Volume-weighted, Black Book determined that overall car segment values decreased by 0.38 percent last week. In comparison, the values had decreased on average by 0.20 percent per week during the previous four weeks.

Among car segments, those luxury cars declined by 0.59 percent or $112. Sporty cars edged up by 0.12 percent or $18.

Volume-weighted, Black Book noticed overall truck segment values — including pickups, SUVs, and vans dropped by 0.24 percent last week. In comparison, the values had decreased on average of just 0.09 percent per week during the previous four weeks.

Within truck segments, editors pinpointed that prices for full-Size vans decreased the most last week, sliding by 0.56 percent of $86.

Black Book closed its latest update by sharing some of the best anecdotes from its representatives stationed at roughly 60 sales nationwide. Two of the recaps surfaced out of Illinois.

“Overall, it was a good sale. Full size SUVs continue to drop in value but have slowed down the pace in the last couple of weeks,” one lane watcher in Illinois shared.

The other representative from the Land of Lincoln added: “A new-car dealer who sold 25 here today said that he was pleased with the activity as well as the prices.”

As Goyal referenced, the influence of summer is impacting auction activity, and it was apparent in Michigan where the observer noted, “A normal summer pattern as vehicles with issues sold only if they were floored very low.”

Over in Massachusetts, dealers didn’t dip into their floor plan unless the vehicle met their specifications.

“Nice, clean cars brought good money, but everything else was a challenge in both activity and value,” Black Book representative from Massachusetts said.

Finally, the story out West went this way: “We had a decent sale today, but I had several dealers tell me that prices are inching down in retail,” the lane watcher in Arizona said.

Lane watch: Summertime slowdown starts to appear


Temperatures are rising nationwide with the first official day of summer coming soon, but prices on certain cars and trucks keep dropping noticeably as auctions and dealers enter the summer months.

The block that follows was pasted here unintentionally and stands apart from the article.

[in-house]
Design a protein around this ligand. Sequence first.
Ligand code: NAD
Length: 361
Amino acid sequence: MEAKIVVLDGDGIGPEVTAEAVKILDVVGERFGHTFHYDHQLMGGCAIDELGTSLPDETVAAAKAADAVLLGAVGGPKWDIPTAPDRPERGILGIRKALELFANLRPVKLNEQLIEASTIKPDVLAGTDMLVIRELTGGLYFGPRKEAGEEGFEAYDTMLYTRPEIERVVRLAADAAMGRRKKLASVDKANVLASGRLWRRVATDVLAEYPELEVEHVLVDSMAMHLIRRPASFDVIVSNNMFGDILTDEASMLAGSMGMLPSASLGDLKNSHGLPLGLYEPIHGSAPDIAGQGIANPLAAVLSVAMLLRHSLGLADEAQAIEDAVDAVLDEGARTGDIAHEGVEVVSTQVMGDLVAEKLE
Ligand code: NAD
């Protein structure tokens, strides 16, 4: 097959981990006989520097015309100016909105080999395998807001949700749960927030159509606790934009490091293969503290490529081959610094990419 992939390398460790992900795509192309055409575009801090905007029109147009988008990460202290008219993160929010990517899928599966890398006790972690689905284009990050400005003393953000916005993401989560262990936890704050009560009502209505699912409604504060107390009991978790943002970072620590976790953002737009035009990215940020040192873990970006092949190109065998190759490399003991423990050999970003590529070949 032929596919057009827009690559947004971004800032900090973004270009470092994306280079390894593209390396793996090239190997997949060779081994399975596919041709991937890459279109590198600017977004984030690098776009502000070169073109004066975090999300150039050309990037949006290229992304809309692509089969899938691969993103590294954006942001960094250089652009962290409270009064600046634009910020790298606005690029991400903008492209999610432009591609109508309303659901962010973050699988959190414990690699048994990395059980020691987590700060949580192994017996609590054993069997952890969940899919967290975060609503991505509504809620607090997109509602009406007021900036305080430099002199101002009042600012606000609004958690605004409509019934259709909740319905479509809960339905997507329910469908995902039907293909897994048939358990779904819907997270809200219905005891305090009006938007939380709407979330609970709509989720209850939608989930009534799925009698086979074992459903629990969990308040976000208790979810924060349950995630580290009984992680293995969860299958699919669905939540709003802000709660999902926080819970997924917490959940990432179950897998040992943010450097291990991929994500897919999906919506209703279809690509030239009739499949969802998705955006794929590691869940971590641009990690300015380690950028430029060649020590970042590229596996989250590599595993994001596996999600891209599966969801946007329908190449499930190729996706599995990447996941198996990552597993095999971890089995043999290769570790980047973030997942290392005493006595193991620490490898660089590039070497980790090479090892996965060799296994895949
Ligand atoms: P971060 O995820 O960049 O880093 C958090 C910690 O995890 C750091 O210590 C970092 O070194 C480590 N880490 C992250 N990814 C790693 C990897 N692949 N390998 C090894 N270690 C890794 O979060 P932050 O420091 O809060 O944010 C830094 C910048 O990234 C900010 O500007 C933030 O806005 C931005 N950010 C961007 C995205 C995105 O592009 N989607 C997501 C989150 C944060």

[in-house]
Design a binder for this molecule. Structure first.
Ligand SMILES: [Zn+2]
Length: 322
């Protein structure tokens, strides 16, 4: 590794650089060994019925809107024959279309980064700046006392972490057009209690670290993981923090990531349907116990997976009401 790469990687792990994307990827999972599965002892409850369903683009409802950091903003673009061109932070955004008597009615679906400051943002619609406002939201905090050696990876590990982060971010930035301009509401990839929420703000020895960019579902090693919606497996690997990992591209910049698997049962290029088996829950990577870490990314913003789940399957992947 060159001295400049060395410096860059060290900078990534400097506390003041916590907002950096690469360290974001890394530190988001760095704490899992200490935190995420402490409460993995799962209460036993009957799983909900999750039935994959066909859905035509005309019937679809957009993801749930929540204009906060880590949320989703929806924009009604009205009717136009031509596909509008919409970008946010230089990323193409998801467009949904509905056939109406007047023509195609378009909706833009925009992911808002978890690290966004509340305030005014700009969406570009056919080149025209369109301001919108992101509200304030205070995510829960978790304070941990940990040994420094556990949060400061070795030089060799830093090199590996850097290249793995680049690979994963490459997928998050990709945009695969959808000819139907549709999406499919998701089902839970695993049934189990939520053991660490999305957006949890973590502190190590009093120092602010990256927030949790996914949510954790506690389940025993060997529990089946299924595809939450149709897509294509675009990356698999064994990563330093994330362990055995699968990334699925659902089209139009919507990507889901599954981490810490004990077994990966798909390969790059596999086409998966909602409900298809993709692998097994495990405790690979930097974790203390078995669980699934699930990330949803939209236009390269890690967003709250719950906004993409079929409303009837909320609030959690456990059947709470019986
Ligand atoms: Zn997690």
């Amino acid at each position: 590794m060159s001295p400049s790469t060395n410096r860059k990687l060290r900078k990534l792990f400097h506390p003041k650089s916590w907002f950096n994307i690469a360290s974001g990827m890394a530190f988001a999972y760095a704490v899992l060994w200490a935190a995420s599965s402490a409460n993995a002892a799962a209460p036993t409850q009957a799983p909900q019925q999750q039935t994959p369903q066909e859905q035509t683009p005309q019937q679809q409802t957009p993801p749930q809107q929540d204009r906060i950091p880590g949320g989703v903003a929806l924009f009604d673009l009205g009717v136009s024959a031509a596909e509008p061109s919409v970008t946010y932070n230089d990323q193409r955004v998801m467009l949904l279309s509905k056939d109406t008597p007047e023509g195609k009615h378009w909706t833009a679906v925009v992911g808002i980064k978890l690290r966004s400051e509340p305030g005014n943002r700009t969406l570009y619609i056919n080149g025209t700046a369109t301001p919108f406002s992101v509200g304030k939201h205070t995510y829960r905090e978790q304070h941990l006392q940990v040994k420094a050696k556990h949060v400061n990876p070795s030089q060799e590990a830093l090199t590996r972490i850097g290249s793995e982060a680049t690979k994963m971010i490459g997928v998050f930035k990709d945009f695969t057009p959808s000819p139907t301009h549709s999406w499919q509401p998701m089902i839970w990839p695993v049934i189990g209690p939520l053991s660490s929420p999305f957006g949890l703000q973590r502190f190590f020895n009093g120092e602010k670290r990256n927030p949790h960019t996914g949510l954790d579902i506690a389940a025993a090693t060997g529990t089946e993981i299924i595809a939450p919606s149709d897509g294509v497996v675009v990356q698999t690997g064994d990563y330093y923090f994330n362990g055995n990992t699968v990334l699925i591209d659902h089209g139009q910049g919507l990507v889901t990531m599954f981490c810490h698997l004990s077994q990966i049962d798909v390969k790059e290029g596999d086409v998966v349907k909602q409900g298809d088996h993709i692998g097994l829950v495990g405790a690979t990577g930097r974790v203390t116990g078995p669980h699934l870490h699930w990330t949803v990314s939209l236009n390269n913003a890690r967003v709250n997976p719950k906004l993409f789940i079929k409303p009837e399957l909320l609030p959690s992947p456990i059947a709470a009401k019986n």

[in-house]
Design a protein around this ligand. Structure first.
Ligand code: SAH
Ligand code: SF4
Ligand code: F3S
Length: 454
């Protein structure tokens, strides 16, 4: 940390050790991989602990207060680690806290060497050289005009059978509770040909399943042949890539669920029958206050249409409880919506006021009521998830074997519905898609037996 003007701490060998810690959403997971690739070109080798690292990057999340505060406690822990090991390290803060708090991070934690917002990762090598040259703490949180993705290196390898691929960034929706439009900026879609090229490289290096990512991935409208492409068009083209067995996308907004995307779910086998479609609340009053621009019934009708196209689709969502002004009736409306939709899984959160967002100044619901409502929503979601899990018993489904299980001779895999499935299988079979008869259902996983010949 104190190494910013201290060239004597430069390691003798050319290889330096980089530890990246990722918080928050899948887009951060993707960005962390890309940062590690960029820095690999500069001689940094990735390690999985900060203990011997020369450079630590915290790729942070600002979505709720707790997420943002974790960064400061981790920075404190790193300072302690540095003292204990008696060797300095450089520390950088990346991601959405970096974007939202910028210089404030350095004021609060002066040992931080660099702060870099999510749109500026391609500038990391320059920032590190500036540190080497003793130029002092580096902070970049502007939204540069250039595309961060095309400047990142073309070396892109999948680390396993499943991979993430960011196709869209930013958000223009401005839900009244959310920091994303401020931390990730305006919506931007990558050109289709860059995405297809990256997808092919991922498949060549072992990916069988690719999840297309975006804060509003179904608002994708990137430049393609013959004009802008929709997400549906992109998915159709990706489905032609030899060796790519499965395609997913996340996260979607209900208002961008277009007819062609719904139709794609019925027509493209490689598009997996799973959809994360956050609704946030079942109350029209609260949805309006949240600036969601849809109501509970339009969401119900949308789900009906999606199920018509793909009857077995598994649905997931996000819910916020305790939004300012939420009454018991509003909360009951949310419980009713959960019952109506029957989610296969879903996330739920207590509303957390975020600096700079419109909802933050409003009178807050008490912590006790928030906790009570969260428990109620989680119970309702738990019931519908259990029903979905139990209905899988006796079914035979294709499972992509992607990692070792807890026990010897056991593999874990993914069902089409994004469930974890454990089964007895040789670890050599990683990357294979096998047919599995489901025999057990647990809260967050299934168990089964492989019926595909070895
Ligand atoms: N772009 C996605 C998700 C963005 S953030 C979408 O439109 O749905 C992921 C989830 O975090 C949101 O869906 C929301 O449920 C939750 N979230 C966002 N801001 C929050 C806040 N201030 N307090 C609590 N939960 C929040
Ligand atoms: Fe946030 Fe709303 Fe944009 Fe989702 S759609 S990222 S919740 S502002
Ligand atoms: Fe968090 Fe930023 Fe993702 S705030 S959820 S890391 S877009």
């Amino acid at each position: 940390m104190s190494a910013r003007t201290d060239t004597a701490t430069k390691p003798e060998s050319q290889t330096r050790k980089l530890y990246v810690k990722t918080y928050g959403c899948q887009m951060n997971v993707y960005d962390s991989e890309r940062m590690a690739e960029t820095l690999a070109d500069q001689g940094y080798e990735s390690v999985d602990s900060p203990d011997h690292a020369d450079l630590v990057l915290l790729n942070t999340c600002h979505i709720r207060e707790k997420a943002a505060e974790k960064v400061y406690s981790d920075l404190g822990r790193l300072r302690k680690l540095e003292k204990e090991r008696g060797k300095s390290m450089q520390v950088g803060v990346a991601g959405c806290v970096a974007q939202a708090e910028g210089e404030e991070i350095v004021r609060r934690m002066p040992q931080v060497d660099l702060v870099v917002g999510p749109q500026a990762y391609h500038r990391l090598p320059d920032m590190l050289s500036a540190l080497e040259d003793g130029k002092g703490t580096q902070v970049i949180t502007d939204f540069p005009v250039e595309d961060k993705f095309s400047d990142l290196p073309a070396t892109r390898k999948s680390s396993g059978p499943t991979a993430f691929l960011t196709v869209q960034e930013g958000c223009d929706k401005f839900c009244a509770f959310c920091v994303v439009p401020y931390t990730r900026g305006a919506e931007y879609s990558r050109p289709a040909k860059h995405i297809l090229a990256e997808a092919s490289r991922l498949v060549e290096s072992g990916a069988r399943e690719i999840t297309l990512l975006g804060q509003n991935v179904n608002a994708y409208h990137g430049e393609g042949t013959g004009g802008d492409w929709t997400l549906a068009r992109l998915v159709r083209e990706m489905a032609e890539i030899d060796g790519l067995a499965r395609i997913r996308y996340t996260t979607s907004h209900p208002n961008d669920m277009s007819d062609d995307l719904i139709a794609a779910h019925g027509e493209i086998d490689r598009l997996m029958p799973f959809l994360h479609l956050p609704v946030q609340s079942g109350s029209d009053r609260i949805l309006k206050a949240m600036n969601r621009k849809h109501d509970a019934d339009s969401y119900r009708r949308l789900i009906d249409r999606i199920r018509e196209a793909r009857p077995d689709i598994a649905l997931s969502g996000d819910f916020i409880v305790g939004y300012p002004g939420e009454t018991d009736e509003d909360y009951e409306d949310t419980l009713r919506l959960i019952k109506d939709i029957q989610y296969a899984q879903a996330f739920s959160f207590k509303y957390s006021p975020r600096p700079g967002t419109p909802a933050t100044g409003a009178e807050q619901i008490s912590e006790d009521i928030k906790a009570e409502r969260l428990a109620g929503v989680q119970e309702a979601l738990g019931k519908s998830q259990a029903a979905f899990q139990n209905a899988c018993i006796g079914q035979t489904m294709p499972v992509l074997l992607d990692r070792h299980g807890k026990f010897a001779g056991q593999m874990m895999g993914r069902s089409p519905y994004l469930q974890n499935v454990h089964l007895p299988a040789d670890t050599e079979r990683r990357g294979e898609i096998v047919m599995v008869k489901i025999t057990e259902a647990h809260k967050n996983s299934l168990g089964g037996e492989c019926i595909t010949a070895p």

However this week’s Black Book Market Insights report indicated a few segments, such as sporty cars and compact vans, have remained strong during the last few weeks.

“The used-vehicle prices are dropping faster as we enter the summer lull with increasing no-sales in the auction lanes,” said Anil Goyal, executive vice president of operations at Black Book.

Volume-weighted, editors determined overall car segment values decreased by 0.24 percent last week. In comparison, the values had softened an average of 0.16 percent per week during the previous four weeks.

Within cars last week, Black Book determined midsize cars declined the most (0.55 percent or $51), while sporty cars increased the most (0.38 percent or $59).

Volume-weighted, editors found overall truck segment values (including pickups, SUVs and vans) dipped by 0.17 percent last week. In comparison, the values had decreased on average by 0.07 percent per week during the previous four weeks.

Among trucks last week, sub-compact luxury crossovers decreased the most (0.60 percent or $103) while compact vans increased the most (0.82 percent or $74).

As Goyal referenced, lane activity is starting to tail off a bit as recounted by Black Book’s representatives stationed at about 60 sales each week.

“Consignment is down as is the dealer attendance and participation at the auction,” the observer in Michigan said. “Thankfully, the Internet buyers continue to be heavily involved in purchasing the auction inventory.”